Medicare costs change every year. Keeping up to date on these changes will help you make a plan for your health care, and enable you to live the kind of retirement you planned on. 2023 costs rose along with overall inflation. Learn about the impact on 2023 Medicare costs for Part A, B, C & D, and Medicare Supplement insurance.
Most cost aspects of Medicare change each year; it’s how the system was designed. Specifically, these items change from year to year:
In this guide, we’ll look at the 2023 amounts for these items. Not every cost for Medicare changes each year, though.
For most people, how much they pay for Medicare Part A (hospital insurance) stays the same each year. That’s because most people pay for Part A through payroll tax deductions during their working career.
Part A is mostly pre-funded through FICA (payroll taxes). These tax amounts are set by congress. They’re not adjusted annually by the Centers for Medicare and Medicaid Services (CMS) like the other costs.
Currently, Medicare payroll taxes are set to 2.9% of your gross wages. If you earn more than $200,000 in a year, you’re subject to an additional 0.9% of your wages. If you work for an employer, they pay half of these taxes and you pay the other half. If you’re self-employed, you’re responsible for paying the whole amount.
You pay these taxes as long as you have taxable income (either wages or business income). Once you retire you generally stop paying these taxes.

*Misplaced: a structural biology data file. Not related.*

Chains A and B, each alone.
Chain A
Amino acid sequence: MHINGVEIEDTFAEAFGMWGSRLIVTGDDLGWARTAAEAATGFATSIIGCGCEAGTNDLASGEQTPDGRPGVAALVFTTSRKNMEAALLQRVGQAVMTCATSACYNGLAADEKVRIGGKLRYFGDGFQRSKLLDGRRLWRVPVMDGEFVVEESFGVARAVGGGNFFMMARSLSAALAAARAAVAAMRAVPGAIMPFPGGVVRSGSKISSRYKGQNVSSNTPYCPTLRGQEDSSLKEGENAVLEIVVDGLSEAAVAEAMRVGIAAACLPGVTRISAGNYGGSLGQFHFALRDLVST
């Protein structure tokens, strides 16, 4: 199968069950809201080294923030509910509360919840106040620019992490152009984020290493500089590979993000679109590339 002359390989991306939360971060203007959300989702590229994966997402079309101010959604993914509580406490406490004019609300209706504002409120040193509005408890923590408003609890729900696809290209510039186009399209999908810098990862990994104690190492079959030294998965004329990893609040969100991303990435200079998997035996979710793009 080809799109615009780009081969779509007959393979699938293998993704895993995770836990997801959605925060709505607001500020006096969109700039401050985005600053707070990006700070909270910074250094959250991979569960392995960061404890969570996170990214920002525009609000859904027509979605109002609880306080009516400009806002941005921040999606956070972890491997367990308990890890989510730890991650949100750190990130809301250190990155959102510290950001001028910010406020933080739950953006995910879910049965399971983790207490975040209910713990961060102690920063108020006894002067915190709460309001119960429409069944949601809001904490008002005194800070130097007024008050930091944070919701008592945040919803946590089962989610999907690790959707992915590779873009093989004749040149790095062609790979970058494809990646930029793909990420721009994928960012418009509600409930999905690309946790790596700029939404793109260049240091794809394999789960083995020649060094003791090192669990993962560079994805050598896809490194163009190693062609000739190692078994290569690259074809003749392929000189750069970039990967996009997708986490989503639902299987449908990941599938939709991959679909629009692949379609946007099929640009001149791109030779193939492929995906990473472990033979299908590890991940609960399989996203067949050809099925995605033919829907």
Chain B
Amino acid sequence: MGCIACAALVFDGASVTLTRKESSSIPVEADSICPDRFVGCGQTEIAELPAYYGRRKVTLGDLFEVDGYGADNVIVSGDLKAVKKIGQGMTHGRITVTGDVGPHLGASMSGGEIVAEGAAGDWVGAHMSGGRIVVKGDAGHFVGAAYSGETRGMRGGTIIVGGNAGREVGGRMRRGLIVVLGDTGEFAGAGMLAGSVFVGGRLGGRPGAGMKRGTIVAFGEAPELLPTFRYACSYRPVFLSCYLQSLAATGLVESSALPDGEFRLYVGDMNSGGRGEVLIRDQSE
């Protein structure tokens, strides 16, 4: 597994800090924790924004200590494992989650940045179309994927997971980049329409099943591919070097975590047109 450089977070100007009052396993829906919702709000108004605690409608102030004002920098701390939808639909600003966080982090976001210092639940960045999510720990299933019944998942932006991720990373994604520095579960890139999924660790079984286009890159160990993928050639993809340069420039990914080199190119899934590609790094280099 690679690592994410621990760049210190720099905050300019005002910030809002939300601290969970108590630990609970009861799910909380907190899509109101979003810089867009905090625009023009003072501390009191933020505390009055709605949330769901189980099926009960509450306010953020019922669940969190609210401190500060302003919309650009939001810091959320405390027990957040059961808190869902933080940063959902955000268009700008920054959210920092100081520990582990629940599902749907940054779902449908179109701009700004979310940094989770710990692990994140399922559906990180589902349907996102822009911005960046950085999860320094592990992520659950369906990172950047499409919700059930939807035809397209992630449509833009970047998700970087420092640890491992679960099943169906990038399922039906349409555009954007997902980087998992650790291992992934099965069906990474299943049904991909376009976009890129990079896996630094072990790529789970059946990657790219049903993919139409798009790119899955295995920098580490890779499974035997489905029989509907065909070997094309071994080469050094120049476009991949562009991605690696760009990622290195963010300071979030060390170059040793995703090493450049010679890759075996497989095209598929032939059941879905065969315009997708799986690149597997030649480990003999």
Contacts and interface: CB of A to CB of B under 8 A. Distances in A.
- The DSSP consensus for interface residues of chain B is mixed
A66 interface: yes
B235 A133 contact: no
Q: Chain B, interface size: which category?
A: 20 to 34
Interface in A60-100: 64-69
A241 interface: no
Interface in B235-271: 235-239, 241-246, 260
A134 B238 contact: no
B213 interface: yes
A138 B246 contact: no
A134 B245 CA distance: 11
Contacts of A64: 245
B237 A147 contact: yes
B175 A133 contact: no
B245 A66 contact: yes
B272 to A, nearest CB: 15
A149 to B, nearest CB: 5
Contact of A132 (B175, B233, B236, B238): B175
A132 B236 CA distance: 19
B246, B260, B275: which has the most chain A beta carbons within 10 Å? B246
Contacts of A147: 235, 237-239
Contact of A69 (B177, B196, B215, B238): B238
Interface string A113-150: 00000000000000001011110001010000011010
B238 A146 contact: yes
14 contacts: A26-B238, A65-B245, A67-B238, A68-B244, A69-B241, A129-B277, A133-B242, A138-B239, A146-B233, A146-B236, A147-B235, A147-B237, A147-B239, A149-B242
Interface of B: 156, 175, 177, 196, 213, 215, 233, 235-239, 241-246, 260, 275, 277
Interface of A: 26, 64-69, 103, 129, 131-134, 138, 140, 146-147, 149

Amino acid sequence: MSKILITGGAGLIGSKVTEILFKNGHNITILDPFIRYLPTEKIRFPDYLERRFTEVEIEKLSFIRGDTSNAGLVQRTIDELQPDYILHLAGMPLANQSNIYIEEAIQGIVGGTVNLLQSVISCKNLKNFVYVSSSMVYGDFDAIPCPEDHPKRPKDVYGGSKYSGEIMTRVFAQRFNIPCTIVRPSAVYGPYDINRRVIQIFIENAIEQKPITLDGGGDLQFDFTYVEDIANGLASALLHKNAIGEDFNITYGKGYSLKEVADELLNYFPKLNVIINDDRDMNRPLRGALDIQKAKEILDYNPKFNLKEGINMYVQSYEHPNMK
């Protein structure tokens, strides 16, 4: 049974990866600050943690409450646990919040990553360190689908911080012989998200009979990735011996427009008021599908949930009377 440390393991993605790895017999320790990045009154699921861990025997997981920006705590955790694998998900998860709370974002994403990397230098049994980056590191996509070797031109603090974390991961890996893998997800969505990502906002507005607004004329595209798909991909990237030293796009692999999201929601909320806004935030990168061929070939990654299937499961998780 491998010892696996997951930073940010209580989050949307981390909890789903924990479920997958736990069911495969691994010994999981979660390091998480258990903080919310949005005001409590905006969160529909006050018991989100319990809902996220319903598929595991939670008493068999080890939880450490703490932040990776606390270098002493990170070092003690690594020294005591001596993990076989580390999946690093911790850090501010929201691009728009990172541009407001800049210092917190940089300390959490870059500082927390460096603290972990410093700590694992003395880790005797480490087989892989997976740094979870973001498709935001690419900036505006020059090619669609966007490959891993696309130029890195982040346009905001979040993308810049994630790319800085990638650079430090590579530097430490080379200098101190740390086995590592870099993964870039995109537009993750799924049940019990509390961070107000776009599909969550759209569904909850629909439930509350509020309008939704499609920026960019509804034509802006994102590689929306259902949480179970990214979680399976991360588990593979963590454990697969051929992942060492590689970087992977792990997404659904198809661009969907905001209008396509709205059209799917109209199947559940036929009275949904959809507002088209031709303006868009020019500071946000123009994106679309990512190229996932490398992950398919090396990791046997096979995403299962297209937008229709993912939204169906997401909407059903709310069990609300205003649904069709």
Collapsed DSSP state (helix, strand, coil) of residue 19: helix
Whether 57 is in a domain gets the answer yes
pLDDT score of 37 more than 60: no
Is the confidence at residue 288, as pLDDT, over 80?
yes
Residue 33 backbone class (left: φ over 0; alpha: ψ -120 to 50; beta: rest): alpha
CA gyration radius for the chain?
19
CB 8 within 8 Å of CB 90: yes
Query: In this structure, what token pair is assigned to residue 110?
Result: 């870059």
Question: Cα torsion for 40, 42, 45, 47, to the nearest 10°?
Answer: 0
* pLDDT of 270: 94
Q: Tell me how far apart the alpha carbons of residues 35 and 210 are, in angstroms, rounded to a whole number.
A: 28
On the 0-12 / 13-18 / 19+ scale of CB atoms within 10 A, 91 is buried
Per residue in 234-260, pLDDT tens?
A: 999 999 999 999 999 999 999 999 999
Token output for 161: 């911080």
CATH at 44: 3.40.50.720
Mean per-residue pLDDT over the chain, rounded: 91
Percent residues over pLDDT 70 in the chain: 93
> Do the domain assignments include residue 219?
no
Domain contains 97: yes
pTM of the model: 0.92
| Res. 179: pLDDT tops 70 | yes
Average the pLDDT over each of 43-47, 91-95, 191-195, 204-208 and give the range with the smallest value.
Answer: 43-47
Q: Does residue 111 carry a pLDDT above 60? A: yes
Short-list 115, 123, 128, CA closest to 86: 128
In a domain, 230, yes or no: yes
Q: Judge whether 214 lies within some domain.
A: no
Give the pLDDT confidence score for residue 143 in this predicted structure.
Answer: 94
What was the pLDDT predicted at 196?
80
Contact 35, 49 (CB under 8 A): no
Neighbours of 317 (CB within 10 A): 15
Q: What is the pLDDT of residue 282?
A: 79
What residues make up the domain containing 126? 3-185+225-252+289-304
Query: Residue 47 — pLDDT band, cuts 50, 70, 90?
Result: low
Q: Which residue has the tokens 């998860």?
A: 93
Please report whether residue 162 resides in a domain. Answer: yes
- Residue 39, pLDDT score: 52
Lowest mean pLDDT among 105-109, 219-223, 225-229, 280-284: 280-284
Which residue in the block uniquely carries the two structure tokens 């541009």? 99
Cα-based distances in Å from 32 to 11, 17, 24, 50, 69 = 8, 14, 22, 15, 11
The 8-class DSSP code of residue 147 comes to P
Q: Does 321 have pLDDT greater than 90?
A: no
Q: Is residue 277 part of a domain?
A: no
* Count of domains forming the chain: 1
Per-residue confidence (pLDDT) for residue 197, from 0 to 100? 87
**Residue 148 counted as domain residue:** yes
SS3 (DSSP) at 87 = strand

By paying these taxes, you qualify to receive premium-free Part A; you don’t have to pay a separate premium when you start receiving Part A benefits at 65.
Every other cost for Part A changes each year.
Other than the payroll taxes, which stayed the same, all other Part A costs and charges increased in 2023. These increases affected:
For people who don’t qualify for premium-free Part A, the monthly premium increased to $499 or $274, depending on your work history.
The Part A deductible for 2023 increased to $1,556. This is the amount that you’re required to pay in advance, before Medicare starts helping pay costs. This is, unfortunately, not an annual deductible. Instead, you pay the Part A deductible for each new “Benefit Period” you need care for. This means that you can pay the Part A deductible more than once in a year.
When you pay the Part A deductible as part of a hospitalization or skilled nursing facility stay (the most common uses for Part A), you’re entitled to care for a fixed number of days without any additional payments:
If you need to stay longer, you’ll then have to pay a daily co-insurance amount:
If your stay lasts even longer, you’ll face these 2023 Medicare costs:
There are no lifetime reserve days for skilled nursing facility stays over 100 days.
For Part B, 2023 Medicare costs increased for these items:
The Part B premium increased to $171.10 for 2023. This is the base premium, which is what most people pay each month. You pay this amount in order to have coverage. You’ll pay additional amounts when you use your coverage. Some higher earning people may have to pay higher Part B premiums.
When you use Part B, there’s a deductible just like for Part A. For 2023, the Part B deductible is $233. You pay this amount up-front; only after you’ve met this amount will Medicare Part B help pay for your medical costs. When they do, you’ll end up paying 20% of the costs; Medicare picks up the rest. This 20% co-insurance did not increase in 2023.
It’s very important to understand that there is no spending cap with Part A and B. You’ll continue to pay your share of costs no matter how much you’ve spent during the year. This is one of the primary reasons that most people choose to use a private Medicare Insurance plan of some kind: to cap their out of pocket spending.